Rutronik News

A Higher Voltage Level


The 12V electrical architecture is being pushed to its limits by the increasing demand for power in modern-day cars. As a result, 48V may prove to be the standard system of the future. This not only opens up opportunities for new innovations, but also creates the platform for meeting ever stricter CO2 targets.

New limit values for CO2 emissions arising from the use of road vehicles are on the horizon worldwide. However, it is impossible to achieve these targets without technical innovations in the field of vehicle electrification - this reality was definitely driven home by the recent emissions scandal. This solution is high-performance hybrid drives. They must be implemented by 2021, otherwise carmakers face steep penalties for failing to comply.


The 48V partial electrical system

The basic requirement for implementing hybrid drives is a 48V electrical system. The 12V generator can no longer satisfy the demands of the growing number of consumers inside the vehicle. A 48V supply enables smaller cable cross sections, which helps to cut the amount of heat generated and potential losses. Furthermore, performance increases fourfold at the same level of current flow. This demands the use of additional assemblies, such as a DC-DC converter, which transforms the voltage, and a second battery.

Complete conversion from the current 12V setup to a future full 48V system is not currently possible. This would involve having to change all the electronic systems and actuators, such as the airbag or engine controllers. In order to continue using the components with low power consumption, many suppliers are retaining the 12V electrical system for the time being. Both networks will be coupled using a converter. This must correspond to a 12V/48V bidirectional converter with a continuous power output of up to 4kW and which shows at least 96% efficiency. Passive air cooling ensures maximum efficiency.

In addition, the new core component is a 48V battery. The development of new technologies in this area has also been increasing at a rapid rate, for example with lithium-sulfur or lithium-air battery designs. Their initial aim is to improve the charging capacity and energy density. Despite pricing pressure, the batteries are expected to offer a long service life and be very robust, e.g. to survive a crash.


Mild hybrid systems

According to the VDA, around four million cars will be equipped with a 48V partial electrical system by 2020; the figure is expected to increase to about ten million in 2026 - thus accounting for roughly every tenth vehicle worldwide. The majority of them are mild hybrid models. In contrast to full hybrid models, they are designed without a charging function, and the electric motor cannot propel the car on its own. Besides providing start assistance, the starter generator acts as a brake energy recuperator that charges the battery with 10kW, thus reducing CO2 emissions. It additionally enables active engine-off coasting (also called sailing) by applying recuperated energy and allowing the vehicle to run without emissions. This reduces CO2 emissions by up to 12%, depending on the measurement guideline and driving style. At the same time, coasting enhances driving enjoyment by reducing noise and vibration inside the car considerably. The recuperated energy can also be used for the CO2 neutral e-boost function, i.e. to provide additional temporary acceleration from the electric motor when overtaking.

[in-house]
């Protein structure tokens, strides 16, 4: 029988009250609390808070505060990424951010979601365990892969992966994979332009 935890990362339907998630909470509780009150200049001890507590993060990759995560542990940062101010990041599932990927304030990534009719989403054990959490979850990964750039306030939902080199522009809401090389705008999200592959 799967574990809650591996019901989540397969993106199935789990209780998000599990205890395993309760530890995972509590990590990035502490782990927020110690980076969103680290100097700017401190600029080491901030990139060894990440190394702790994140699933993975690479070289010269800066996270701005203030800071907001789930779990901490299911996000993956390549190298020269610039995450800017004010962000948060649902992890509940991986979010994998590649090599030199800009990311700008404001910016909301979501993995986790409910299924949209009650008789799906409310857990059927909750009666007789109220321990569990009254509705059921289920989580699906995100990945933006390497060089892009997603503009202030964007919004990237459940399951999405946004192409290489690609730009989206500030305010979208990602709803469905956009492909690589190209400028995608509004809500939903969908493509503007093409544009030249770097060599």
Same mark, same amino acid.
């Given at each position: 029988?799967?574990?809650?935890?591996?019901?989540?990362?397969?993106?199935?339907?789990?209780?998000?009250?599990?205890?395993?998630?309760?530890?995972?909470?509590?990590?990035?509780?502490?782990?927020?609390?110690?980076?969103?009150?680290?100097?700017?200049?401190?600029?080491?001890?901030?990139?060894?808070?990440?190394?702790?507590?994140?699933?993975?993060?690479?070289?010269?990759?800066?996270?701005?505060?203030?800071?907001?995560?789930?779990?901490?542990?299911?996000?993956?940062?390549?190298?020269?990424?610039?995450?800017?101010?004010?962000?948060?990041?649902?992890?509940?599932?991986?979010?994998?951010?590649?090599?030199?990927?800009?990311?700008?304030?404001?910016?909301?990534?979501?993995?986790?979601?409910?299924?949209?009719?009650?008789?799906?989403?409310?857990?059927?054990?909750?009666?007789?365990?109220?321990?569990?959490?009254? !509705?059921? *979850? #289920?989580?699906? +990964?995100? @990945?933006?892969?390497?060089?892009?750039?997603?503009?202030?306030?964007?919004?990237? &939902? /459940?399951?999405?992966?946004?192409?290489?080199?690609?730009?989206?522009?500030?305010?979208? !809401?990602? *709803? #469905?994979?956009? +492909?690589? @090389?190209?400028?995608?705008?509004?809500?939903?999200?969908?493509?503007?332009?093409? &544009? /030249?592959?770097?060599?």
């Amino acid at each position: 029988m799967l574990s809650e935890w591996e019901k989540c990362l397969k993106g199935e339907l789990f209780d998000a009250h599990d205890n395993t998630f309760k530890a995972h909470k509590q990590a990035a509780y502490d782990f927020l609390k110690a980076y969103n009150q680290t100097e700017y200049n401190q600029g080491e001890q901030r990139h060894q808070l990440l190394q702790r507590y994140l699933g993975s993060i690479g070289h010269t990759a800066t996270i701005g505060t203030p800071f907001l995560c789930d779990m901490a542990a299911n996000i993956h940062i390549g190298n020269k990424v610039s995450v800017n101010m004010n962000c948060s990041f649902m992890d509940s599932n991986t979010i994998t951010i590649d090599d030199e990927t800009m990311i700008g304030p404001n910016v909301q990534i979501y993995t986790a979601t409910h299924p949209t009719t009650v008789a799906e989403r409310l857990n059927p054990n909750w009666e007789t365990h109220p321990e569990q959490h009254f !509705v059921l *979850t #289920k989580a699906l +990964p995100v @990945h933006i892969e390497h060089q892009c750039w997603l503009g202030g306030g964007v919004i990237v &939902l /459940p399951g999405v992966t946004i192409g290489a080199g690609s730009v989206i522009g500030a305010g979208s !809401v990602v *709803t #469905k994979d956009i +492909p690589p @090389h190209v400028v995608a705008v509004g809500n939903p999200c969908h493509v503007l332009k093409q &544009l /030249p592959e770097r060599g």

Even further consumption reductions will be achieved, for example, when developing highly automated and fully automated driving solutions.

To reduce the burden on the 12V electrical system, it would be wise to initially integrate the front windshield heater as well as auxiliary equipment such as the water, oil, and fuel pumps, the steering assist, the HVAC control (engine control), and the PTC heater into the 48V partial electrical system. The latter is particularly important for hybrid vehicles, as the electric motor does not generate waste heat that could be used for the heater of the engine and the vehicle interior. The electric dynamic stability control, which will be ready for marketing by the end of 2016, is also predestined for 48V application.

The most decisive factor is, however, the electric charger. It enables, for example, an engine to downsize from six to four cylinders and thus plays a major role in reducing carbon dioxide. Next year will see the emergence of passenger cars fitted with two exhaust-gas turbochargers and up to two electric compressors.


New requirements